Sunday, November 19, 2017

Re-Thinking Drug Development Roadmap In United States

March 21, 2008 by  
Filed under Health Care Policy, Virtual BioTechs

National-Chemical-Genomics-

No Insurance. No Money. No Drugs. No Hope.

We Need A New RoadMap For The Future

Of 7,000+ diseases that affect humankind, treatments for only 200 of these diseases are being actively pursued by pharmaceutical and biotechnology companies. With the cost of bringing a new drug to market now exceeding $1 billion dollars and taking up to 10+ years to test and develop, global pharmaceutical companies are focused on return on investment.

Meanwhile, millions of people suffering from all types of diseases will never see new drugs reach them or their loved ones in their lifetime. As a nation, we must unite to think about the drug development process in a different way and push for change.

Today, one family is faced with paying $180,000 a year for a highly experimental drug treatment for their two children afflicted with Niemann Pick Type C. Who can afford a single experimental drug at this price?  Like millions of others, many Niemann Pick Type C children have no health insurance.  No insurance. No money.  No drugs.  No hope.

The dire situation we are faced with our drug development process is happening across disease states — this is not a unique problem to Niemann Pick Type C. The FDA is in a major crisis and we can no longer continue on this path when millions of lives are at stake. The Addi and Cassi Fund, named in honor of our five year old identical twin girls, plans to bring attention to the drug development crisis and to push for change.

We are building one of the first “Virtual Pharmaceutical” models in the United States with the help of Silicon Valley heathcare company CollabRx. Our Virtual Pharmaceutical is named "SOAR-NPC" (Support Of Accelerated Reserach for Niemann Pick Type C) and we are focused on creating a drug therapy pipeline for NPC afflicted children around the world. If global pharmaceutical companies and the FDA won’t help us save our children by rapidly bringing new drugs to market, we must find solutions ourselves in order to attack and treat a rare and fatal disease like NPC.

One of the greatest resources we have as a nation is our National Chemical Genomics Center. The robotic technology at the NCGC which is pictured above should continue to be invested in by our government — NCGCs technology can find existing drugs sitting on shelves that can be repurposed and used to treat diseases they were not originally intended for. Currently, we are funding the NGCG to test thousands of approved drugs as well as natural supplements against multiple Niemann Pick Type C cell lines in the hopes of finding immediate targets to treat afflicted children.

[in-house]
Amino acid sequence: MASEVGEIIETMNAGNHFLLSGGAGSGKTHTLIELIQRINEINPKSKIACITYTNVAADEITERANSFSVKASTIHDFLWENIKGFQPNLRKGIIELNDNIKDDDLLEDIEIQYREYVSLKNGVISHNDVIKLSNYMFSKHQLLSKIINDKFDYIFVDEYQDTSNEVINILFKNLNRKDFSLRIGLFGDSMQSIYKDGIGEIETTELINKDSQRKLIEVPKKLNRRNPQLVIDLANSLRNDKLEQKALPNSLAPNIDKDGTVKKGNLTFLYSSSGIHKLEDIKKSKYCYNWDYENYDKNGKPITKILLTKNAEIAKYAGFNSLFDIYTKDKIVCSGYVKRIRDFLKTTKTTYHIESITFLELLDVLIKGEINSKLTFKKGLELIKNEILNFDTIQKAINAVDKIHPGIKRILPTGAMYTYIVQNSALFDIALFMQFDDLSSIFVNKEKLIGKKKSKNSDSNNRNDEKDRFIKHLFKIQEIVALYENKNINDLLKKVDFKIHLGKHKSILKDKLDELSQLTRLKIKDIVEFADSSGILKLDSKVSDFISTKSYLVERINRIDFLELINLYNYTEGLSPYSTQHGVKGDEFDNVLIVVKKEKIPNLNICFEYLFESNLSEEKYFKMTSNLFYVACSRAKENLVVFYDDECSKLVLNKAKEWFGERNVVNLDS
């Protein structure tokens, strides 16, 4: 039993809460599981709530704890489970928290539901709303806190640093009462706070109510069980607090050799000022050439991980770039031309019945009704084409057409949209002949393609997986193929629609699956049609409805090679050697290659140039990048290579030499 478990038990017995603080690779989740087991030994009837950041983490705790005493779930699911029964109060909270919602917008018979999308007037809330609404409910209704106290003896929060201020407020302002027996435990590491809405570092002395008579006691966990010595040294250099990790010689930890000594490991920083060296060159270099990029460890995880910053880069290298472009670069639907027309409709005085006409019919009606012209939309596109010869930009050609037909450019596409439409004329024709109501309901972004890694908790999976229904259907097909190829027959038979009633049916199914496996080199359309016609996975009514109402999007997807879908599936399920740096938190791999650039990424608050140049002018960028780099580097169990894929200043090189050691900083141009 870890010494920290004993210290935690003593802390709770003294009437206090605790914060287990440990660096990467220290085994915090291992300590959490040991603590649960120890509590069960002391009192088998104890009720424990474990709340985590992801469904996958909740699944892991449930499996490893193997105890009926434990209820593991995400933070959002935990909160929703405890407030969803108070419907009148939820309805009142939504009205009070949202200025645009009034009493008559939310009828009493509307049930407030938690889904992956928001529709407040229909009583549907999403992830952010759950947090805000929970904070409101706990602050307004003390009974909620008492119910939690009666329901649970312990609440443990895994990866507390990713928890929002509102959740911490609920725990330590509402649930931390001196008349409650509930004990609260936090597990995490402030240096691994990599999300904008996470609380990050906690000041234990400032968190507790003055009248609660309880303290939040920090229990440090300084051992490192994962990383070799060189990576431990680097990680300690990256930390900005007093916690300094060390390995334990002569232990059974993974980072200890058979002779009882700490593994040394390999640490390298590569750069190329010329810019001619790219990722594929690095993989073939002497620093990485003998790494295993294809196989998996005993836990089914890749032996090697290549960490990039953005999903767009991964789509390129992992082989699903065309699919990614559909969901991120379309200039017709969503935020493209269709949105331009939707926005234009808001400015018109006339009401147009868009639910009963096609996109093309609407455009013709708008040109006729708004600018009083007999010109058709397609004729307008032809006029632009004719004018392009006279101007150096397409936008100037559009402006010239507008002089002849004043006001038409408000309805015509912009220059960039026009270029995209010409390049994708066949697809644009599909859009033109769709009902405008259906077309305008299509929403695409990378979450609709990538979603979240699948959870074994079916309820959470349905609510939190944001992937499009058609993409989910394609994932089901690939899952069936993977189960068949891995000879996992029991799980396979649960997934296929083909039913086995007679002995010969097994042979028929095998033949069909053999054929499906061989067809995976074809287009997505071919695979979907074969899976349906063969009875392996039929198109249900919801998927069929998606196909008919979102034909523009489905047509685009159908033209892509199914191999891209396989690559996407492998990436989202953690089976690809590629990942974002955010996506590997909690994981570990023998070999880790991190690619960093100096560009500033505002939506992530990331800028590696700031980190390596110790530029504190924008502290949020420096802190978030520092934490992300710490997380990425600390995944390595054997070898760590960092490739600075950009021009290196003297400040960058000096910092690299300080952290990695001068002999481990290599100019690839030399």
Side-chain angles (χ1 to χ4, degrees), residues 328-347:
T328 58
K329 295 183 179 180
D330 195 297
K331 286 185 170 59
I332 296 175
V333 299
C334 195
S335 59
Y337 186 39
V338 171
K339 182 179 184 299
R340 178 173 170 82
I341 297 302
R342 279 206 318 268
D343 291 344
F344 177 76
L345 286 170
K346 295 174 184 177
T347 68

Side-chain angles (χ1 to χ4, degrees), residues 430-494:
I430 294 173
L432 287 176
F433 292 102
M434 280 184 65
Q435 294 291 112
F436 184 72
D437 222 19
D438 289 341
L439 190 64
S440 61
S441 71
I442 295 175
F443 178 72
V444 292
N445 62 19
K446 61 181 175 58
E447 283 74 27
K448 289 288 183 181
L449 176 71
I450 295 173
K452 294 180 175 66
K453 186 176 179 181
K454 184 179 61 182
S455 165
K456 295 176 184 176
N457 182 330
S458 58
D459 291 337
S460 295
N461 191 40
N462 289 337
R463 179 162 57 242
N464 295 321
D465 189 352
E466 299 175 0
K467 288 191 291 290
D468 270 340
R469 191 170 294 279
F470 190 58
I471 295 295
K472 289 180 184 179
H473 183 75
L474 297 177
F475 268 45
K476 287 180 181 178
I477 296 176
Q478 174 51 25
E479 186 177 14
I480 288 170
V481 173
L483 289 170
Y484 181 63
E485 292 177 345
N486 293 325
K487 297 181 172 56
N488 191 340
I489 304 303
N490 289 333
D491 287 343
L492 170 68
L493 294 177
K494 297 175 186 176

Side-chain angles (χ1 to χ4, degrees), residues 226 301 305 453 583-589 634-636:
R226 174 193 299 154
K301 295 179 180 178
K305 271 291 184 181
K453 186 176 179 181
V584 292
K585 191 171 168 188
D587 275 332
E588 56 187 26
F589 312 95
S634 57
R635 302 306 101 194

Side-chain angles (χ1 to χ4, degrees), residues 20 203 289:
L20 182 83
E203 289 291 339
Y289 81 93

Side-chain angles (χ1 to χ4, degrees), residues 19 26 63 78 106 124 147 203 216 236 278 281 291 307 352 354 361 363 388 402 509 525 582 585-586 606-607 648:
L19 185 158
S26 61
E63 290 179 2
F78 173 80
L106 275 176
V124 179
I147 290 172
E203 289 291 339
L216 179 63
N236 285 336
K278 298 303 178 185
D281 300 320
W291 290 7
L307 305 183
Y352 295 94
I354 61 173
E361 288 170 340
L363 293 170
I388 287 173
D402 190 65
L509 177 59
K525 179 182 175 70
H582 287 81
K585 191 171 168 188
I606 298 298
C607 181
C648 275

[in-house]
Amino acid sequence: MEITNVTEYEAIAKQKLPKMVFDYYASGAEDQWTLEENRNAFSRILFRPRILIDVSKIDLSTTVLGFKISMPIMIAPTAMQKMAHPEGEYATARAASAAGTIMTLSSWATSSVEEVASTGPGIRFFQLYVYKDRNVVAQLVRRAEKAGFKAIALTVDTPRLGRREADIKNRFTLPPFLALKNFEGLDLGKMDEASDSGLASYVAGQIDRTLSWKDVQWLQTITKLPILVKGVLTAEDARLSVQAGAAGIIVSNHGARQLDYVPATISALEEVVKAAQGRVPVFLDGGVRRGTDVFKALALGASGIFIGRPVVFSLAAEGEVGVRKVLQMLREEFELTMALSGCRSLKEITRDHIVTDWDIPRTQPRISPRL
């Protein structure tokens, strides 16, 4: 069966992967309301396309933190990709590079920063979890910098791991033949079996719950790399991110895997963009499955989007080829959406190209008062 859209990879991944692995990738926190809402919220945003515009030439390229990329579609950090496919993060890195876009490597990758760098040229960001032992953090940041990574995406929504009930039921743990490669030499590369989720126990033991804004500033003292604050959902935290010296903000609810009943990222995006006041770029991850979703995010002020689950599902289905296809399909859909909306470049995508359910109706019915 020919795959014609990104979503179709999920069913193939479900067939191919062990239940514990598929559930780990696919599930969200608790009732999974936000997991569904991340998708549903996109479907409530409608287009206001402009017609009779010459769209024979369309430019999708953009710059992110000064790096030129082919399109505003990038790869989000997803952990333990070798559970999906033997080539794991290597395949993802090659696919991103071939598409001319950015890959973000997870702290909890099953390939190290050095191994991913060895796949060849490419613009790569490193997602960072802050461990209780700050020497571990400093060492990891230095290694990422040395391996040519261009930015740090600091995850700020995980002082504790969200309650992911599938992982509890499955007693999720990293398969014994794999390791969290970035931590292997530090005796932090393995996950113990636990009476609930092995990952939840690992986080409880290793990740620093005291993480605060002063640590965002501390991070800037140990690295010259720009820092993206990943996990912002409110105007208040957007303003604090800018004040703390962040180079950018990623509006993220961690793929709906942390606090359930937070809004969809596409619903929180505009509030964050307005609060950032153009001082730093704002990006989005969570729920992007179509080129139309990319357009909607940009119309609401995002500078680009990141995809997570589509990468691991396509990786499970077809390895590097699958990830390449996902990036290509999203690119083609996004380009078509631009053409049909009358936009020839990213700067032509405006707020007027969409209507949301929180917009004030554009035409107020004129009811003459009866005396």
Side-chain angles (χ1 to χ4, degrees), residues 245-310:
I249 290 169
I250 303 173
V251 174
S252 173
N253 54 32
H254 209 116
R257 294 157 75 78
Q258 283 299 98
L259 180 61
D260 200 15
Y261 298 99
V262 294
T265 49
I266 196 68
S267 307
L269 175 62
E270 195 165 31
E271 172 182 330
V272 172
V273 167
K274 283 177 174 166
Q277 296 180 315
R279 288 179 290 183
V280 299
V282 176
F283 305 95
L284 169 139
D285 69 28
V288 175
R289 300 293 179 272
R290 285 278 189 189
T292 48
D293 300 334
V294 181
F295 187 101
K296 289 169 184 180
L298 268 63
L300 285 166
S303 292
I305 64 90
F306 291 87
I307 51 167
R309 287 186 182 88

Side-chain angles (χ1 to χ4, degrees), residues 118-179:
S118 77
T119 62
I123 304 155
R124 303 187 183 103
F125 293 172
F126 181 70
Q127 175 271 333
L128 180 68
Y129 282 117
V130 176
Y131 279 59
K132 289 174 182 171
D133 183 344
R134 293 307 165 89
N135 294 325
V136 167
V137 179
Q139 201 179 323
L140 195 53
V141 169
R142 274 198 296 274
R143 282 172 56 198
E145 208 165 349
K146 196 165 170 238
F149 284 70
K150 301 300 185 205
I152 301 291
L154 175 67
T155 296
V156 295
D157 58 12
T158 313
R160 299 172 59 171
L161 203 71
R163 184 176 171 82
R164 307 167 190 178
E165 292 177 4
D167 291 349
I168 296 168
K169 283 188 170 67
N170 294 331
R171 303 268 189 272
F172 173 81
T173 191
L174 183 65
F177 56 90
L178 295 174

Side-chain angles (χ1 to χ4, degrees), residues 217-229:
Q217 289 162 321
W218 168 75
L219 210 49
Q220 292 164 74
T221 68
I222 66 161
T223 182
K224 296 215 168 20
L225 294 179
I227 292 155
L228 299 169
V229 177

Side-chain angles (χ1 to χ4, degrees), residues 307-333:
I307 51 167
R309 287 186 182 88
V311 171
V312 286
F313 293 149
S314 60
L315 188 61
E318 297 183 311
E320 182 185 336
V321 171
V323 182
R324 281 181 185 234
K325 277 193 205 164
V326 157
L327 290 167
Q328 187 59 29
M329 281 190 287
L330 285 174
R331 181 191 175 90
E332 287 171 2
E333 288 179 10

Every dollar donated to The Addi and Cassi Fund goes directly to cutting edge research projects to rapidly accelerating finding immediate treatments for brain diseases. Translational research – studies that bridge the gap between the discoveries in the laboratory with the need to find ways to intervene in the disease process and treat patients who are living with illnesses – is the roadmap for the future. With your help, we can build this roadmap and prove there are alternative approaches to the current drug development process.

We must seek treatments today and cures tomorrow!

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A Boy With A Very Big Heart

March 18, 2008 by  
Filed under Get Involved

I was laying in bed the other afternoon after staying up all night emailing scientists the results of Addi and Cassi’s brain scans when the doorbell rang.  It was Christopher Serio with an envelope in hand.  Chris is 11 years old and is the son of our friend and former neighbor, Bob.   “Here, this is for Addi and Cassi,” he says and proceeds to hand me an envelope decorated with a red heart, a sunshine and pine trees.   “I just counted up all my savings from when I was little.  I have $653 dollars and I want to give Cassi and Addi $150 dollars of my savings for research into Niemann Pick Type C.” I open the envelope and it’s full of cash.  I almost burst into tears but I somehow hold it together and give him a great big hug.   I think about how generous this young man is.  It turns out that this is an entire year of his allowance.   Would anyone else we know give us an entire year of their savings to help with research?  I am so inspired by Chris and his generosity.   As I watch him walk down the driveway and get into his Dad’s truck, I hold out hope that Addi and Cassi will someday be competing for his attention.  A lovely young man with a very big heart.  That’s Christopher Serio.

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